One writer I have come across with help from Google is Henry Stobart, a Reader in Music and Ethnomusicology at Royal Holloway, who has written about traditional music in Bolivia. I will quote here one interesting paragraph, pointing to the importance of landscape features. Stobart has a whole chapter on Andean sirenas in an anthology of essays, Music of the Sirens.

During feasts people may also dance for many miles across the landscape, singing and playing instruments as they go, as they make a tour of community boundaries, undertake pilgrimages, or visit particular homesteads. The lyrics of the songs they perform on such journeys may also reference a range of features of the landscape. Links between music and landscape are made especially explicit in rural discourses about sirinus or sirenas, spirit beings that are typically associated with specific places in the landscape, such as waterfalls, springs, rocks or caves. While living over several years, during the 1990s, in the rural community of Kalankira in the Macha region of Northern Potosí, I was often told that all music ultimately comes from the sirinus. And, just as music comes from these spirit beings of the landscape, it was also often played back as consuelo or “consolation” to the powers of the “animated” landscape that ensure human welfare. On many occasions I joined friends in Kalankira to play music in the landscape, focusing our attention on particular rocks, corrals or other places that were seen to ensure the welfare and reproduction of the herds, rather than on any human audience.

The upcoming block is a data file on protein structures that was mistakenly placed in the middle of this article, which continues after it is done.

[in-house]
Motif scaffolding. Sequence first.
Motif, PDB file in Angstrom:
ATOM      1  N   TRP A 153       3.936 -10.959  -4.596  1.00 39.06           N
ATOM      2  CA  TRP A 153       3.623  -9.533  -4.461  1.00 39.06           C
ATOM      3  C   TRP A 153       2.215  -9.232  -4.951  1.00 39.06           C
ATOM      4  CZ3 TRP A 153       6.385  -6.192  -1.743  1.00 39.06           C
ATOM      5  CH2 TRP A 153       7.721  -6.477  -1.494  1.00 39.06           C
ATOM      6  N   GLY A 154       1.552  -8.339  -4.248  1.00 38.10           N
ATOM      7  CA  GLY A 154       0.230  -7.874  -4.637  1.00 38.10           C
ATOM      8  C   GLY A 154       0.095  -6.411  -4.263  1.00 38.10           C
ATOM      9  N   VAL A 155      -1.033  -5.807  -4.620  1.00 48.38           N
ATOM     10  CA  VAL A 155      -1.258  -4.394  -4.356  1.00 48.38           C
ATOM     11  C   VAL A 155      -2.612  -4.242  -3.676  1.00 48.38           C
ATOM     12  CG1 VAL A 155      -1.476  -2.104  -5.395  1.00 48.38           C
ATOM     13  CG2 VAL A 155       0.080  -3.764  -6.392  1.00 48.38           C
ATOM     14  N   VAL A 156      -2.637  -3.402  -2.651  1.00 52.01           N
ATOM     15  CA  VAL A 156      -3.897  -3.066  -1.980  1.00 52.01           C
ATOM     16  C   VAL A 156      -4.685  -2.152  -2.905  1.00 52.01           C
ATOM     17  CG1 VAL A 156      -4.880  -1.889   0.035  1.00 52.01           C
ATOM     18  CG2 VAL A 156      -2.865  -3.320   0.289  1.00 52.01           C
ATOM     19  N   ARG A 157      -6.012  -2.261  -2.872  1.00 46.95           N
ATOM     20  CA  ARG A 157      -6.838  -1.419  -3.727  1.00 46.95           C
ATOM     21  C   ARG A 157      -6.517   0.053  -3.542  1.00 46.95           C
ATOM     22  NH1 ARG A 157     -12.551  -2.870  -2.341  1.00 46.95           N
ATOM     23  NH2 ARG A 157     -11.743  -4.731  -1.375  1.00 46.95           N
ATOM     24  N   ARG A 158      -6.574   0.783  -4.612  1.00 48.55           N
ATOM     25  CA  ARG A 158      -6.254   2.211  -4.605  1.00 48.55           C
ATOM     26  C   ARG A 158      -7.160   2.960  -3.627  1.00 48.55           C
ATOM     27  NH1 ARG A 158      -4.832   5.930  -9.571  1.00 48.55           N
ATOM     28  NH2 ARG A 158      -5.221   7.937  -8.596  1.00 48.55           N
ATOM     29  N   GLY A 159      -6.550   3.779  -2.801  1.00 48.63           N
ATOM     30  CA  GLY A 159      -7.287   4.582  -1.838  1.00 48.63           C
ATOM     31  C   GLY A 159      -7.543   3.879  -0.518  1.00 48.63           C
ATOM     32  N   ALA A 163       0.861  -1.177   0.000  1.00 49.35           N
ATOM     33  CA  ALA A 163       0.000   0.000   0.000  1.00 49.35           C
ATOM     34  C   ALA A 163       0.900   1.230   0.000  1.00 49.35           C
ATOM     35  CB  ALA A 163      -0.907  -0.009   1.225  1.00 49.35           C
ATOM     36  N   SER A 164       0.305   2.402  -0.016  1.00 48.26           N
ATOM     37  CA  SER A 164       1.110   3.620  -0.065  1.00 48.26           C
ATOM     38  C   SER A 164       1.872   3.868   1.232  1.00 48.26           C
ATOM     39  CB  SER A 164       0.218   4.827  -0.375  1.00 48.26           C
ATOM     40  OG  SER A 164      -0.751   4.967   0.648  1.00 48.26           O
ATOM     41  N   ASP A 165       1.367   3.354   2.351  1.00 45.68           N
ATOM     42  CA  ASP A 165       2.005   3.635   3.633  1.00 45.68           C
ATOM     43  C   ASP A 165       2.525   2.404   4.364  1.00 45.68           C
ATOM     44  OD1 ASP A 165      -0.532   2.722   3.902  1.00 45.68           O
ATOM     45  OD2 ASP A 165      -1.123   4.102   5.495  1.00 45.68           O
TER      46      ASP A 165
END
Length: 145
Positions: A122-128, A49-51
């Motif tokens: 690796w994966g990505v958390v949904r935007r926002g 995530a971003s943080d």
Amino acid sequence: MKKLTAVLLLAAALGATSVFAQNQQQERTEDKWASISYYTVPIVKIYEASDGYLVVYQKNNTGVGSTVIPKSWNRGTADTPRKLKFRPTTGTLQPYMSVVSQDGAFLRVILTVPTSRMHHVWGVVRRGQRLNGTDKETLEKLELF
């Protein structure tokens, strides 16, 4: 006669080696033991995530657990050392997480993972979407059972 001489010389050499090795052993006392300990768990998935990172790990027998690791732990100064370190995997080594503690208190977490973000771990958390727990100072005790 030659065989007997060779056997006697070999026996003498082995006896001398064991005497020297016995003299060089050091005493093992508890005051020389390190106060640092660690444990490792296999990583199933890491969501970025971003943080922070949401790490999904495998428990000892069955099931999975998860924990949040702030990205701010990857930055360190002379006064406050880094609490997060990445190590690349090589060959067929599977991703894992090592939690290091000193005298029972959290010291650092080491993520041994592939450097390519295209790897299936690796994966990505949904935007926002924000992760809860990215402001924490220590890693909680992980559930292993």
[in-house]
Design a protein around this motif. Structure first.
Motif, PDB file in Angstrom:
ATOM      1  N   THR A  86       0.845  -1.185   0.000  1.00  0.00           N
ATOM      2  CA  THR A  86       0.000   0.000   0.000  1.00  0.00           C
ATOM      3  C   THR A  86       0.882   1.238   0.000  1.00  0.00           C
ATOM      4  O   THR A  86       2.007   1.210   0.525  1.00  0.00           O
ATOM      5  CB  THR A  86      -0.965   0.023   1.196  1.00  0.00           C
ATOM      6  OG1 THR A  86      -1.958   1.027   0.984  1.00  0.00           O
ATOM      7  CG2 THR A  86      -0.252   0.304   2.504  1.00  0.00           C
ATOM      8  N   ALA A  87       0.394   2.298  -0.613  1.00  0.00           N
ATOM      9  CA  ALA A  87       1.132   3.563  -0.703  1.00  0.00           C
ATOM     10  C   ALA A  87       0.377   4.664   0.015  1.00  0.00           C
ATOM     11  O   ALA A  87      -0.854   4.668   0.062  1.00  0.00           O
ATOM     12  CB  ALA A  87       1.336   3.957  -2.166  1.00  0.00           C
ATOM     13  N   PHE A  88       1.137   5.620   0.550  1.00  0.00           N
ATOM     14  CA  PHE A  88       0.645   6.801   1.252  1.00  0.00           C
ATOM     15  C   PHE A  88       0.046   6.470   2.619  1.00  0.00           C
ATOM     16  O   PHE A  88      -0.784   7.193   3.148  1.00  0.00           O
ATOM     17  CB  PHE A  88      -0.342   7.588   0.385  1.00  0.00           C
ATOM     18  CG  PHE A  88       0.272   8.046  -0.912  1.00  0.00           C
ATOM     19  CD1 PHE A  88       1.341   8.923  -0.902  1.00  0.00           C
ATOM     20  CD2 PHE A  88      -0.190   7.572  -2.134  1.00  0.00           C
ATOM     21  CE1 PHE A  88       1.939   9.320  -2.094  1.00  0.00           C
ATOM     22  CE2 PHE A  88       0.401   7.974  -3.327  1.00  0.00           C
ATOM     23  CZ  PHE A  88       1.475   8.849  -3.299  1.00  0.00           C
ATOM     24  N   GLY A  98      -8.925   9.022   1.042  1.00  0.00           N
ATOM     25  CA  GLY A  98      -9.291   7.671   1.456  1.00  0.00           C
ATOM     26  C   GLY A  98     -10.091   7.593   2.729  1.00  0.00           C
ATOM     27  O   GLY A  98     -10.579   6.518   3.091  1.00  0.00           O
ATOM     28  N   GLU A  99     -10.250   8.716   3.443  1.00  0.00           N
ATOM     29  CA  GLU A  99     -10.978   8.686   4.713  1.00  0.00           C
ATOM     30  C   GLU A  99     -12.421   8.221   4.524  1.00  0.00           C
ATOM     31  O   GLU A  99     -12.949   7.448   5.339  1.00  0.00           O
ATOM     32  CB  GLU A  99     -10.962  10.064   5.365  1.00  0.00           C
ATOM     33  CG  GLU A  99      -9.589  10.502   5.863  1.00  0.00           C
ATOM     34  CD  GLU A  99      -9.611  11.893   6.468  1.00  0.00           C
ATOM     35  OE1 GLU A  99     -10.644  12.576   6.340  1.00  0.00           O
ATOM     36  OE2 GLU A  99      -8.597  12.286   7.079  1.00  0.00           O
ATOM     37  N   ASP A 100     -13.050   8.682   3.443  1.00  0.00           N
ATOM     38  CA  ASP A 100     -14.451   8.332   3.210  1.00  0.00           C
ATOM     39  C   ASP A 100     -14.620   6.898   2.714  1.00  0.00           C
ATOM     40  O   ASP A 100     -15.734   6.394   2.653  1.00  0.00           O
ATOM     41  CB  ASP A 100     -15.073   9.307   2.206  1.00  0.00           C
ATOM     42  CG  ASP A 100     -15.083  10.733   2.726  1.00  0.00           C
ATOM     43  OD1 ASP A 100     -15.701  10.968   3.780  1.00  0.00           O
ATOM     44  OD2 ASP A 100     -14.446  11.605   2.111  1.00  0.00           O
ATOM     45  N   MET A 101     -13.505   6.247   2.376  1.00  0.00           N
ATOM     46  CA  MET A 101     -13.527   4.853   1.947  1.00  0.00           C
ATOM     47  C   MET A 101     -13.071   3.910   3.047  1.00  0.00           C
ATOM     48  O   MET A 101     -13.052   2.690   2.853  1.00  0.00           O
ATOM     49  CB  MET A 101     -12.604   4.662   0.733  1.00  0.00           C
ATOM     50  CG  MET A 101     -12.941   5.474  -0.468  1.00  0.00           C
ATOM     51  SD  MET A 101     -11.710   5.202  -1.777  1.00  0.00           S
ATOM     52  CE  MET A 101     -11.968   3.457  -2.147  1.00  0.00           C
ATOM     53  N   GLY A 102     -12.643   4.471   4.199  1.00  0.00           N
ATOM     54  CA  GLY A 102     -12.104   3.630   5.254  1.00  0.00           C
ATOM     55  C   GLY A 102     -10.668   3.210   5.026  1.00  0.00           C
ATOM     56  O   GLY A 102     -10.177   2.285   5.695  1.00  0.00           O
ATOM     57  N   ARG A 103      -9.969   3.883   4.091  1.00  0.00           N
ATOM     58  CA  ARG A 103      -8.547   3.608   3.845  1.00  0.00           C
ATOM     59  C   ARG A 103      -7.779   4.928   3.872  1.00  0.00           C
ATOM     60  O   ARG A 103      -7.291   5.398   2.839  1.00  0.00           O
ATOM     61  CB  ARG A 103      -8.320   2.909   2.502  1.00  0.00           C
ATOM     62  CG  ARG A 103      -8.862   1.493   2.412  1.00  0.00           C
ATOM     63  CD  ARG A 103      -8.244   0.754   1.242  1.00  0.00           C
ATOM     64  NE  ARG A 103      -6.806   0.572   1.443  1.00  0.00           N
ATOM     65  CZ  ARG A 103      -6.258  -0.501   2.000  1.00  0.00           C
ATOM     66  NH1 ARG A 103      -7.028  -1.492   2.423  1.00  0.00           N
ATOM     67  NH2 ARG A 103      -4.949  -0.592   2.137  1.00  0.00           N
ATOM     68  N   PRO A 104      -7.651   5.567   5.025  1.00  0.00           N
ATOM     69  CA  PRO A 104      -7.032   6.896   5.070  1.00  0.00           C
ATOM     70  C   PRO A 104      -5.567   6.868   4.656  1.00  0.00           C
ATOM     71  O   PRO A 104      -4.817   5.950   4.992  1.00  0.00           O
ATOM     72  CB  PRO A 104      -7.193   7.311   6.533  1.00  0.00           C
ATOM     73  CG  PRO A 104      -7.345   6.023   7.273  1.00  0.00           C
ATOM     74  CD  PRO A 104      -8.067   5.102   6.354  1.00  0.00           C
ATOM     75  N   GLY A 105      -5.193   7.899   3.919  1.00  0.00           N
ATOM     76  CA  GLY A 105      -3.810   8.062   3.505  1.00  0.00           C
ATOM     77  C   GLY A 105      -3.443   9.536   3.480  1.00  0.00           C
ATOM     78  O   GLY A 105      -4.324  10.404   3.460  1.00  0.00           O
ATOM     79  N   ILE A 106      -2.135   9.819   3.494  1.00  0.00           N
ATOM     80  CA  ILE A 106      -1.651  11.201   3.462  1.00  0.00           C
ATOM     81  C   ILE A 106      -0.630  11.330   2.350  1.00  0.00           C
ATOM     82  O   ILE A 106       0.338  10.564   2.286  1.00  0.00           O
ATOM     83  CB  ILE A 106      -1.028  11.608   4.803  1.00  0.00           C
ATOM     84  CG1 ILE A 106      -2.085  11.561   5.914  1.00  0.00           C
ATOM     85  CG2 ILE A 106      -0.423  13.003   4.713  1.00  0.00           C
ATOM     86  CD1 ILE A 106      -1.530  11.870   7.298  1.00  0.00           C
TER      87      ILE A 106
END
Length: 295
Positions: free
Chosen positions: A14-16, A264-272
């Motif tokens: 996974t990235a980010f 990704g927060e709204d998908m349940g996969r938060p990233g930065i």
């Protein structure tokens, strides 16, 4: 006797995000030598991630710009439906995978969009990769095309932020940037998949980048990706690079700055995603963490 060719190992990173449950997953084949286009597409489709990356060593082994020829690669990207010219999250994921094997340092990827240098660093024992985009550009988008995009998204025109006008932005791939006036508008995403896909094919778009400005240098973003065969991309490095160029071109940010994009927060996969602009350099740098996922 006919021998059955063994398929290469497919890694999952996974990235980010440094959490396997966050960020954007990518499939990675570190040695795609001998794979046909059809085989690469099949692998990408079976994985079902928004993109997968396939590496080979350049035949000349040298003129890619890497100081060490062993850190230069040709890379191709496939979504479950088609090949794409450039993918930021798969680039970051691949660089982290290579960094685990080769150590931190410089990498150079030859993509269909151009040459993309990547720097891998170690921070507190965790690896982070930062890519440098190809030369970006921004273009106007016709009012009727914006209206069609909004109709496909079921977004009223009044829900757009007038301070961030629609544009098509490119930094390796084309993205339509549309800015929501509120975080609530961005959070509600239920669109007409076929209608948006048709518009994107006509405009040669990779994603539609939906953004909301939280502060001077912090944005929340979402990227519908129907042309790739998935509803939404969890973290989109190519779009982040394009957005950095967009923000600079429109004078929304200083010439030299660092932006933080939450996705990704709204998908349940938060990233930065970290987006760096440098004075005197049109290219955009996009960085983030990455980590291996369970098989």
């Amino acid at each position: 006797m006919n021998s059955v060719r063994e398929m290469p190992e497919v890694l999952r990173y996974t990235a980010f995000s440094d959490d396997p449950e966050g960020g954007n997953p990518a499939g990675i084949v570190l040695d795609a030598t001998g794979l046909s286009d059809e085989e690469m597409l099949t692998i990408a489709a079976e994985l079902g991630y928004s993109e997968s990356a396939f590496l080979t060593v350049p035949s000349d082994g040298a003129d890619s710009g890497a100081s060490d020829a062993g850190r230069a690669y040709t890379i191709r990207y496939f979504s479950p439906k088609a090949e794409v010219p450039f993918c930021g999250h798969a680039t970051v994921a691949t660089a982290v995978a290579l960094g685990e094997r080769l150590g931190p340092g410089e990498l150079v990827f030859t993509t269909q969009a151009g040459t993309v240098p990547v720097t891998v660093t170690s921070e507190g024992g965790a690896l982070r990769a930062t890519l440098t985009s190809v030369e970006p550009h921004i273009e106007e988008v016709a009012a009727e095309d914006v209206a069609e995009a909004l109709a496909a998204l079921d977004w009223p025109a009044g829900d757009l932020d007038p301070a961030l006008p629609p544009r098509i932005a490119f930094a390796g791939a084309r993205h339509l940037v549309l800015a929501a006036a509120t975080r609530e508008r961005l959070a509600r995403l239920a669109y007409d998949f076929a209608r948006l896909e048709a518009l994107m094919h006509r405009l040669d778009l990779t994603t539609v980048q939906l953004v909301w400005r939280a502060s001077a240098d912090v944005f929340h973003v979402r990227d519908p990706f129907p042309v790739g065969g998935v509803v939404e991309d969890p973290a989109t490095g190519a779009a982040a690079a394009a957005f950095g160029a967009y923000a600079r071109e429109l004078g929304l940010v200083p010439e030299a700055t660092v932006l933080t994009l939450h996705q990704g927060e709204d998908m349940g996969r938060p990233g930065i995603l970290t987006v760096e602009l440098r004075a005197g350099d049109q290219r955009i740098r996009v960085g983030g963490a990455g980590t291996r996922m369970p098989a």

Friday, December 18, 2020

Beach at Low Tide

In between the first and second waves of coronavirus I managed to get to an art exhibition - the Royal Academy's Léon Spilliaert retrospective. It was a strange experience, trying to enjoy paintings while wearing a mask (steaming up my glasses) and keeping a safe distance from other people. Laura Cumming had written a preview in February which made it sound great. 'This is a vital opportunity, then, to catch sight of his dark and startling art in all its precise originality, and to understand him as more than a painter of the cold North Sea'. He certainly was a fascinating artist, but here, in keeping with the blog's focus, I will focus on his sea paintings, with quotes drawn from an essay by Anne Adriaens-Pannier and Noémie Goldman. Here is a page from the catalogue, open to show a remarkable early work, now in a private collection: Seascape with Beacons (c. 1900).